20-Year-Old Hockey Player Overcomes Leukemia

By Amy McSweeney - January 16, 2024

William “Reed” Nichols was living the dream. He was 20 and playing hockey in Vancouver and New York with plans to move to Fort Myers and play at Florida Gulf Coast University in 2018. Instead of lacing up his skates that year, his world shifted dramatically, and he was lacing up a hospital gown.

Just before Nichols’ 21st birthday, he was diagnosed with leukemia. His goal then shifted to simply surviving.

After a routine checkup, my doctor saw my white blood cell count was extremely abnormal and sent me to get further tests done. Within a few hours of more in-depth tests, I was informed I had acute lymphoblastic leukemia,” Nichols said.

Diagnosed at 20, Nichols was given the option to go with a pediatric or adult protocol. After seeing the numbers, he picked the pediatric protocol. A month after finishing the chemo and radiation regimen, unfortunately he relapsed. He was transferred to Moffitt Cancer Center to undergo the adult protocol with Dr. Michael Nieder. Starting over, this time with chimeric antigen receptor therapy, or CAR-T, he relapsed again after a month. His last option was a bone marrow transplant, which he underwent in early November of 2019. He has been cancer free ever since.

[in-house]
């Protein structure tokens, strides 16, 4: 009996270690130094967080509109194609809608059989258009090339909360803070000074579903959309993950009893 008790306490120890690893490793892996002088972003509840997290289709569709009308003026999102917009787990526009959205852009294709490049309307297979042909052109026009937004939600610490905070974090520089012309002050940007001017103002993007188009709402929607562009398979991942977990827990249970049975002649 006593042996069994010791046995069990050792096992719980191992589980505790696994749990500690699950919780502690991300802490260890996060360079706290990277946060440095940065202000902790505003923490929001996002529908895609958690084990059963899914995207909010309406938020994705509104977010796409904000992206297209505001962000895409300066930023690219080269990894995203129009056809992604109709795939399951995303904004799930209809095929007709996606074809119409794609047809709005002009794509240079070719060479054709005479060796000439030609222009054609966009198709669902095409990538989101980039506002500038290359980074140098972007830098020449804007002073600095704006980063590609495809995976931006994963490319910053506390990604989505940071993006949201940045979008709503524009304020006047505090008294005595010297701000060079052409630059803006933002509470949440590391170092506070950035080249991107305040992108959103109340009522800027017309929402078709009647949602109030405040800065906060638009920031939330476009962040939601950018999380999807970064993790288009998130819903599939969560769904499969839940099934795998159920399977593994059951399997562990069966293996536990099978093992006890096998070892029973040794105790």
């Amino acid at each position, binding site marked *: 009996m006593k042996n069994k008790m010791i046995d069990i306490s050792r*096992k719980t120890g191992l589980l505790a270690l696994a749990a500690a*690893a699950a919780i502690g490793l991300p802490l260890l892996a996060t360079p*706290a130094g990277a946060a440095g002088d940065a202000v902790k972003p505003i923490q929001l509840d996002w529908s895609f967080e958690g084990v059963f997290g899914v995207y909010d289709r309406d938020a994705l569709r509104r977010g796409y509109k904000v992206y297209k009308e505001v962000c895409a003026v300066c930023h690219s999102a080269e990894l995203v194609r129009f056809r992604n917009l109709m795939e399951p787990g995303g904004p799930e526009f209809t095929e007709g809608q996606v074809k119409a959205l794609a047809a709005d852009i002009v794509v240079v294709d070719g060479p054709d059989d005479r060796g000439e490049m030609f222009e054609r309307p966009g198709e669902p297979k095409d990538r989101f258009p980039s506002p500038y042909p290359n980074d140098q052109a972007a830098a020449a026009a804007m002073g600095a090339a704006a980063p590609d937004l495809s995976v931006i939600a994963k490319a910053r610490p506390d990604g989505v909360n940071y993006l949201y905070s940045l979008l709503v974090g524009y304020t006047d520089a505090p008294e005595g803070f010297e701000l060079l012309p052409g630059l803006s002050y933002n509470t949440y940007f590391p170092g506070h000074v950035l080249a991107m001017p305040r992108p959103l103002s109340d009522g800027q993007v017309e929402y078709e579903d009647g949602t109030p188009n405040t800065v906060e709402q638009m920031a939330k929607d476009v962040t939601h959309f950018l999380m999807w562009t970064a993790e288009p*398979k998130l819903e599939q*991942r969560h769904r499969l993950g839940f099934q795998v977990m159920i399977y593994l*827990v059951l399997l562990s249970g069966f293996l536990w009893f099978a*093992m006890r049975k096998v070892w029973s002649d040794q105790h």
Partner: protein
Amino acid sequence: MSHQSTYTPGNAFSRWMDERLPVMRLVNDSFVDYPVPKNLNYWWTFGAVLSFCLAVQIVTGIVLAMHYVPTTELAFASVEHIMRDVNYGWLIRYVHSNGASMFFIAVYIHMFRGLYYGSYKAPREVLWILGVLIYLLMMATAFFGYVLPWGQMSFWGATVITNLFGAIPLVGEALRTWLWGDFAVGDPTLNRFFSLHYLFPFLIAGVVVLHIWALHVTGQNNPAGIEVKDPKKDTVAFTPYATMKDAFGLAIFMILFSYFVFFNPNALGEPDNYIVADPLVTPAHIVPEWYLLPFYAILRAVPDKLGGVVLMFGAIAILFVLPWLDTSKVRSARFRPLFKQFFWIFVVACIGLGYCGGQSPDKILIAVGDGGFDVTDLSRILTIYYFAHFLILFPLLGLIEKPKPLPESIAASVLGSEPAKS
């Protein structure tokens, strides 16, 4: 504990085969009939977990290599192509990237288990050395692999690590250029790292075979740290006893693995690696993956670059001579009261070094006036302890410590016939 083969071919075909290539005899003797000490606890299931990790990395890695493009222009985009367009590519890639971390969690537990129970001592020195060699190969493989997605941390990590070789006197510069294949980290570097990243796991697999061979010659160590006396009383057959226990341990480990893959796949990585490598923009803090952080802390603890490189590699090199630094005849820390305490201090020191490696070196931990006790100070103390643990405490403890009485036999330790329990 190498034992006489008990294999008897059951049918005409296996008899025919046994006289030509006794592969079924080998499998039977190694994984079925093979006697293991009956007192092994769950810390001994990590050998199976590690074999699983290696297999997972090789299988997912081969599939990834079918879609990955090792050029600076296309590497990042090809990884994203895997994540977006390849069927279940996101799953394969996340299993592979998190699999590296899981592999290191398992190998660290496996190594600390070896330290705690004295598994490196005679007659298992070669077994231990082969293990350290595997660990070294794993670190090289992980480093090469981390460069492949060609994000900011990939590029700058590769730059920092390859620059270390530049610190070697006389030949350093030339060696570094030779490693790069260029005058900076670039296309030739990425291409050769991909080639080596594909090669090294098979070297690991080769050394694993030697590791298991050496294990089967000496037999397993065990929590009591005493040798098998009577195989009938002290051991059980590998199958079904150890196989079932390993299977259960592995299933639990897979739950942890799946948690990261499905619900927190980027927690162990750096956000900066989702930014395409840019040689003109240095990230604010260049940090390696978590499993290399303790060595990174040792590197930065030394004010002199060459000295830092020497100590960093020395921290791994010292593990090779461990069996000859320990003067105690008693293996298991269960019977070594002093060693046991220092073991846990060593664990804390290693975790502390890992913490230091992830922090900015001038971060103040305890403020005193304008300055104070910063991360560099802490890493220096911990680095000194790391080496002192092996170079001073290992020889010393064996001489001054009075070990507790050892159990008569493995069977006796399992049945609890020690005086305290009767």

Reed Nichols and his family watch a recent Tampa Bay Lightning morning practice.
Reed Nichols and his family watch a recent Tampa Bay Lightning morning practice.

I feel like seeing other kids as young as just a couple years old made me a little tougher. I never liked needles but if a 3-year-old could do it, then I felt as if I should be able to. It still amazes me how those children fight so hard and how tough they are. There were a lot of days where I did the absolute minimum to give my body the rest it needed,” Nichols said.

Hockey has never stopped being a part of Nichols’ life. He recently volunteered his time with a peewee hockey league and is an avid Tampa Bay Lightning fan. The Lightning recently invited him and his family to a morning skate where they were able to watch the team warm up before a game at Amalie Arena, practice usually reserved for media and Lightning employees.

Today, a full-time real estate agent, he recently married his high school sweetheart and became an uncle. Life is beyond what he thought it could be just six short hockey seasons ago.

 

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